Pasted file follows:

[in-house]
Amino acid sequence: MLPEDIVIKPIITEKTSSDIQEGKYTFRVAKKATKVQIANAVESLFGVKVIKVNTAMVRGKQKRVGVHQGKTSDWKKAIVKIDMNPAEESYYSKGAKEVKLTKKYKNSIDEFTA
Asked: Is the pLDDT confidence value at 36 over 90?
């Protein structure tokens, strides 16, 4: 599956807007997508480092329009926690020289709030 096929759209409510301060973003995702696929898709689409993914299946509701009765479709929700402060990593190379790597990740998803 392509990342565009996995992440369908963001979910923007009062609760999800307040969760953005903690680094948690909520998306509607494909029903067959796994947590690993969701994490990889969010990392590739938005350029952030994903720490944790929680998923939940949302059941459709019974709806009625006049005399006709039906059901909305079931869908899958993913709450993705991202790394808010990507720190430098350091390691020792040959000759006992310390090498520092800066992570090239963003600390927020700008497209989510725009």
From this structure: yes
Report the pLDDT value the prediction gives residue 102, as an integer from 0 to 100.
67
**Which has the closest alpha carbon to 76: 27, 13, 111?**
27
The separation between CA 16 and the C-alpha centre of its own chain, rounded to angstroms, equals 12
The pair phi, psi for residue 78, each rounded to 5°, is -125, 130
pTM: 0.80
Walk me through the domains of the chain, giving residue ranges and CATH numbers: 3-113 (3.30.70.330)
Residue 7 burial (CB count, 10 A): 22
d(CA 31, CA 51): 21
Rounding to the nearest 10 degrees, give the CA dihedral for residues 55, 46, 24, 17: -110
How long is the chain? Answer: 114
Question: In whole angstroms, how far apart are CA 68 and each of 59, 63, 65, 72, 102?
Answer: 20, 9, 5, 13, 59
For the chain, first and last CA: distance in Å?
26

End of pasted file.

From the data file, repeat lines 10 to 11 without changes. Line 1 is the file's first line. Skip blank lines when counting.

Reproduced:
The separation between CA 16 and the C-alpha centre of its own chain, rounded to angstroms, equals 12
The pair phi, psi for residue 78, each rounded to 5°, is -125, 130